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  • Writer's pictureHannah Harvey

What Peer Support Means to Me

Hello, Full of Bean listeners... and now readers!

How exciting that the podcast now has a community blog. I have to admit, I jumped at the chance to write something for Full of Beans, because I gain so much from the words shared in each episode, and I was so keen to contribute my own square to this patchwork of recovery experience and insight. I am forever sharing nuggets of wisdom from the pod with the support group that I host each month, and I’m sure members can see on my face when I’m about to pipe up with “Ooh! I heard something about what you’re describing in a Full of Beans episode…

And that’s truly a similarity between what I’m doing and the pod, they both exist to provide an element of peer support, which can exist as an extra tool in your recovery armoury. It’s true that we all have unique experiences of eating disorders, the recovery environments that we inhabit, and the resources that we may (or may not) have access to.

As individuals and as a collective, we all face injustices that make recovery that much harder. Whether we are navigating recovery in a fat-phobic office environment, denied services based on BMI, facing racial discrimination, refused inpatient beds due to our biological sex assigned at birth, unable to access groups because the built environment is inaccessible, discarded from services due to multiple diagnoses, or misunderstood due to the lack of sensitivity to the needs of neurodivergent characteristics… My list could go on and on. But, I think it is fair to say that recovering from an eating disorder (which is a phenomenal undertaking in itself) is made harder by trying to do so in a world that sometimes feels that it’s been designed against us.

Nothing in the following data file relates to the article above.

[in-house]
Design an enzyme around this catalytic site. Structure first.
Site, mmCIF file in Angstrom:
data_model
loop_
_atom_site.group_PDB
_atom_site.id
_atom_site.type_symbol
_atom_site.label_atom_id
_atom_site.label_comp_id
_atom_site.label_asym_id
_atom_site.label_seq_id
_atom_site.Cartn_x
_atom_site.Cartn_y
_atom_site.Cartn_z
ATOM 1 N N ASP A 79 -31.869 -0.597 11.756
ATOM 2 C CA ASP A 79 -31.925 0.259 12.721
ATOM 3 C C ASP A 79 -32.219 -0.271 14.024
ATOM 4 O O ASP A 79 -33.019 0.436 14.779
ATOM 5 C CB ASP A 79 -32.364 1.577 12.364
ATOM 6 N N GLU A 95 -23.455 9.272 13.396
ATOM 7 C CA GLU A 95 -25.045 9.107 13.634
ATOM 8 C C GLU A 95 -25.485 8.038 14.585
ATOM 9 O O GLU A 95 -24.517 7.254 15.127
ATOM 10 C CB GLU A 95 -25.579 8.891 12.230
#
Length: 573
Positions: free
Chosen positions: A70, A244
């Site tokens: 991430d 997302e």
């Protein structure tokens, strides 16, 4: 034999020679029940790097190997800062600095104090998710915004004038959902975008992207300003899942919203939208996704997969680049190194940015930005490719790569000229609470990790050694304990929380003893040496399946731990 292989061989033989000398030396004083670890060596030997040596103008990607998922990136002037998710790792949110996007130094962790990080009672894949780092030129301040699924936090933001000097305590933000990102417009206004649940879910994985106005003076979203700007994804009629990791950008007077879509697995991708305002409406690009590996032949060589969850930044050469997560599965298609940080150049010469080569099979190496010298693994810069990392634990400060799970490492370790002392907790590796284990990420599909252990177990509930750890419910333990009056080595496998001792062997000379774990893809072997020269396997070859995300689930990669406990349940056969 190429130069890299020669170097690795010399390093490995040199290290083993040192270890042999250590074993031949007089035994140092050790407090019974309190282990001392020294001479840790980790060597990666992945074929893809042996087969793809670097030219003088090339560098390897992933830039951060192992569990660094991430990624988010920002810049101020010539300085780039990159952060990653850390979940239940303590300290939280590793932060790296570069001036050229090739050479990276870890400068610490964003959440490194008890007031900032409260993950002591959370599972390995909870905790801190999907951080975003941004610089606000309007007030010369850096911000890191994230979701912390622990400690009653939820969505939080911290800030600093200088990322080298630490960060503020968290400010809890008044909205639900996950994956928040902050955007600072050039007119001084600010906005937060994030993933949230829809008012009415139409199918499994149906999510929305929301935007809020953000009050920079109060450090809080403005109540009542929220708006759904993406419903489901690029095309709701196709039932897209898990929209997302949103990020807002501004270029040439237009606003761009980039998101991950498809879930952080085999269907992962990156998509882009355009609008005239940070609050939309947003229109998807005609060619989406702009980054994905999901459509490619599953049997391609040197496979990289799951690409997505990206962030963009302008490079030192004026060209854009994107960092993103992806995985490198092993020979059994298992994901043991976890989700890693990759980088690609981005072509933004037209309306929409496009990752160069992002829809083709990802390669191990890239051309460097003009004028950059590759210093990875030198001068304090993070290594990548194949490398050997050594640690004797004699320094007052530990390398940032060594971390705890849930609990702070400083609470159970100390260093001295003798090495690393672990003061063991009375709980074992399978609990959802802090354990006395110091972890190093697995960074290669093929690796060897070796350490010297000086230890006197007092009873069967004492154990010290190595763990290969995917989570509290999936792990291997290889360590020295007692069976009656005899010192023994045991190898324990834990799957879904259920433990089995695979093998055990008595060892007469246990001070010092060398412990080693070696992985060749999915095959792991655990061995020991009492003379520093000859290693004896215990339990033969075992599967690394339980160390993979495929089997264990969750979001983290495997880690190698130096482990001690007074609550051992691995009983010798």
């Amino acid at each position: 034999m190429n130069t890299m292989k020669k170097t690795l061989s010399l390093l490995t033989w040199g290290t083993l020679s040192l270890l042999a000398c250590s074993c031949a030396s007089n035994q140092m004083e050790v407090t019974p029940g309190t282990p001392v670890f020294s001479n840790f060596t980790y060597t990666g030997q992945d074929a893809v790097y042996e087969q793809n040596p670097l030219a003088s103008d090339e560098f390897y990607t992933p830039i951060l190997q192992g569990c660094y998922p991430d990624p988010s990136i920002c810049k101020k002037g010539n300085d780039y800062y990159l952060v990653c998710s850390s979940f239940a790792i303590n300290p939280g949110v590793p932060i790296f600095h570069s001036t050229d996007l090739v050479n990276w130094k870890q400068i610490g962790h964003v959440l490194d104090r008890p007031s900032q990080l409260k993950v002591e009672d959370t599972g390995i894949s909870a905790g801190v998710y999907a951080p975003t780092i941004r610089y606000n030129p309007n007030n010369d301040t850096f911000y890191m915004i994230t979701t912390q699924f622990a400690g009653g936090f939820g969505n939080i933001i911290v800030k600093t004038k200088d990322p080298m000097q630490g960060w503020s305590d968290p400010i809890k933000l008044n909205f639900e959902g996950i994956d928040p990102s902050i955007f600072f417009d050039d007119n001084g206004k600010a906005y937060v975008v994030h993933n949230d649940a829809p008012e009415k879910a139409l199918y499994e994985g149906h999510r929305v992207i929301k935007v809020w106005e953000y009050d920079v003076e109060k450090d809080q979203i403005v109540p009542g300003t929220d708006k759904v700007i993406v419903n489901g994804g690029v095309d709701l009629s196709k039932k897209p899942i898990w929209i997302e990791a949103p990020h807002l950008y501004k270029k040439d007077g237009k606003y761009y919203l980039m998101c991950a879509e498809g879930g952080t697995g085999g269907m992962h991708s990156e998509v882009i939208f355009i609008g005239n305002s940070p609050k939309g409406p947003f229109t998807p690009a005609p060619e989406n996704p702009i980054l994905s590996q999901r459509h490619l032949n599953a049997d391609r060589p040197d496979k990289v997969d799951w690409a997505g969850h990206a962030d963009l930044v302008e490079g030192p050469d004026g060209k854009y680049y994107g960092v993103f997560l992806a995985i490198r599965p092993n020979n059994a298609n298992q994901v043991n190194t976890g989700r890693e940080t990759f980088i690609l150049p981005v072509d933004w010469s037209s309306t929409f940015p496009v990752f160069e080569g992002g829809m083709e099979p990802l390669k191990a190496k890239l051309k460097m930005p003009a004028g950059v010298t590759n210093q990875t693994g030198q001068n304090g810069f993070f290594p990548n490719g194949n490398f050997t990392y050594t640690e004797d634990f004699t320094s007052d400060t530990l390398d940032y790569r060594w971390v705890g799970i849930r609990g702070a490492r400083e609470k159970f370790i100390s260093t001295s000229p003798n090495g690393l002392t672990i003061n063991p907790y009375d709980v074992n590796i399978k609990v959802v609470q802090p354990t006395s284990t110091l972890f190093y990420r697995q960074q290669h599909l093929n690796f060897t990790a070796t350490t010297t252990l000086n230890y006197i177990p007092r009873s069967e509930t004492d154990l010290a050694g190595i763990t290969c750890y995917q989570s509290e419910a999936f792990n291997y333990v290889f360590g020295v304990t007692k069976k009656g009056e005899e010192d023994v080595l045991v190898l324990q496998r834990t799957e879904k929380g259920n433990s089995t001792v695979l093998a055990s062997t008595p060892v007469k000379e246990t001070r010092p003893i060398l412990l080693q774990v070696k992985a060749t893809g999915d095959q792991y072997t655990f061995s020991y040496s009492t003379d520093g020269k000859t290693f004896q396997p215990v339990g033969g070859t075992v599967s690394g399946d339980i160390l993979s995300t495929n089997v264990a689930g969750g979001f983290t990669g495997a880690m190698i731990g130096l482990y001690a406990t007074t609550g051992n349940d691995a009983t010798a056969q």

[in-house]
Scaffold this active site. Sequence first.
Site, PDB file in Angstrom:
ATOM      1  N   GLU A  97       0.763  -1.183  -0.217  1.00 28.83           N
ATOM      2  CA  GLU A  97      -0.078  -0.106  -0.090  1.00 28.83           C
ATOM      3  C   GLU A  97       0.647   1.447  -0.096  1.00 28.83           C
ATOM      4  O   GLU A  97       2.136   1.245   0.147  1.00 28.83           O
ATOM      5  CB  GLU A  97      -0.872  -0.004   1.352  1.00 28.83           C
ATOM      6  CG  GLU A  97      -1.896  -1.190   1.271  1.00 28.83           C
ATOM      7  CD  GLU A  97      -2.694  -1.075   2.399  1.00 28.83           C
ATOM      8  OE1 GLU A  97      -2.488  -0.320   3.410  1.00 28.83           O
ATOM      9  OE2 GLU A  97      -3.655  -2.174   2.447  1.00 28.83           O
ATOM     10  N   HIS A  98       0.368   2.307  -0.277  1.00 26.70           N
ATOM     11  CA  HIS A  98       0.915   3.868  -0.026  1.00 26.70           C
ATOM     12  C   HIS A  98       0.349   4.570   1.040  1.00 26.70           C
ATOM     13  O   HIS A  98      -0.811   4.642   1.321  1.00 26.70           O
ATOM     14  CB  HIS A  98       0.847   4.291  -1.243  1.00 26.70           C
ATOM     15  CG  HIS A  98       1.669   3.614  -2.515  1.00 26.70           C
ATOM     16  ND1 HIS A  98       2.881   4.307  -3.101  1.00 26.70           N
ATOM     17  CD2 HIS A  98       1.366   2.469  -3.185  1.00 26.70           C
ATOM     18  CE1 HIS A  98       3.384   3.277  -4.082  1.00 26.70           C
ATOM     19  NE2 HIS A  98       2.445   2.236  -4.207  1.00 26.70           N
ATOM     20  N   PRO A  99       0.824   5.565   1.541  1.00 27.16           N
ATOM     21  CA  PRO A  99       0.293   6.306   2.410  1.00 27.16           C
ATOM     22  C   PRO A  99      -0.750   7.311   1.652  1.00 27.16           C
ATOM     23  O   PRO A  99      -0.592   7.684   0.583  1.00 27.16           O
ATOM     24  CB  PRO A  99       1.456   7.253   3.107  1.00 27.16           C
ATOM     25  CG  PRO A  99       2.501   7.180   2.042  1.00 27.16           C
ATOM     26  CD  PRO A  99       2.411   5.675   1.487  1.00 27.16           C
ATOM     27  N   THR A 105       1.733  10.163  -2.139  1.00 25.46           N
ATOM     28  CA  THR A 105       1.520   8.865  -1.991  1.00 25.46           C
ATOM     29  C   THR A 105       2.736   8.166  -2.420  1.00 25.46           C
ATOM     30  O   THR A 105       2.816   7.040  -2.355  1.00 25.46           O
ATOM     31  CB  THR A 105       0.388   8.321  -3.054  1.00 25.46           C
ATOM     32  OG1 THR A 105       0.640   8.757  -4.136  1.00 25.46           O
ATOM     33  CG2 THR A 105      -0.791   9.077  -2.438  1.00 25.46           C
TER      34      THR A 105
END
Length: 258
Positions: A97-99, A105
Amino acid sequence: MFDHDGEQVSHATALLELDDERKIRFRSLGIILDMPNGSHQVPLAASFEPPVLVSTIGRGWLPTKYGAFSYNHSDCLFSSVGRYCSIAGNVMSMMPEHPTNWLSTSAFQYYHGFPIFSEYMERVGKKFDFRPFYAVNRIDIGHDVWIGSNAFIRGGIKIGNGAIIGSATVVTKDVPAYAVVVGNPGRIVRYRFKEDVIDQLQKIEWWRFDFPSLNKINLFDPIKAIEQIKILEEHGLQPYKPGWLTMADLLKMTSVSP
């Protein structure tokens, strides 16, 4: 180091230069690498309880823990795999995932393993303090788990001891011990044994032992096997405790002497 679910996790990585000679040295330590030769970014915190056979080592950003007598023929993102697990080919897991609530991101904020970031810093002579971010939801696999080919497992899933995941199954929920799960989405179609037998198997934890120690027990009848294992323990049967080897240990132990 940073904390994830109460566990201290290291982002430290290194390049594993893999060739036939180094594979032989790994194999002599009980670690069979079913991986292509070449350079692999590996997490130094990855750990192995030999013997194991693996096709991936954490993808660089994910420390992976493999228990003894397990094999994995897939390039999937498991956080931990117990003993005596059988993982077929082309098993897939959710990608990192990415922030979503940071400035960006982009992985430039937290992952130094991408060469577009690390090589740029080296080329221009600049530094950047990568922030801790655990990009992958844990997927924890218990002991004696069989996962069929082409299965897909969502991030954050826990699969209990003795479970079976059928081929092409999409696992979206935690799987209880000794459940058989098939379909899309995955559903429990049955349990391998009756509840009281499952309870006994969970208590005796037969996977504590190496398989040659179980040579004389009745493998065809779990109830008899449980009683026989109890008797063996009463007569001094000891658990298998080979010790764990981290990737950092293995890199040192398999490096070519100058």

And how - how on earth do you articulate that to a person for whom this is not their lived experience? How can even the most well-meaning, kind-hearted parent, friend or colleague truly understand how difficult any of this is, if, despite their best efforts, they can’t seem to grasp why we can’t “just eat” and have no idea of the ferocity of the demon in our head? I remember the first day in my recovery that I ate a sandwich at lunchtime. I was so scared in those early days, and it was a big deal. I texted my friend. I phoned my mum. “Well done!” came back both. Months later, I was doing much better, and I was eating sandwiches at lunch every day. Someone in my office made a comment that they’d never eat bread in the middle of the day, and made a comment about my body. I texted my friend. I phoned my mum. Their responses were similarly unhelpful: “I thought you were kind of over all this. Why is it still upsetting you?” “Maybe try taking a couscous salad?”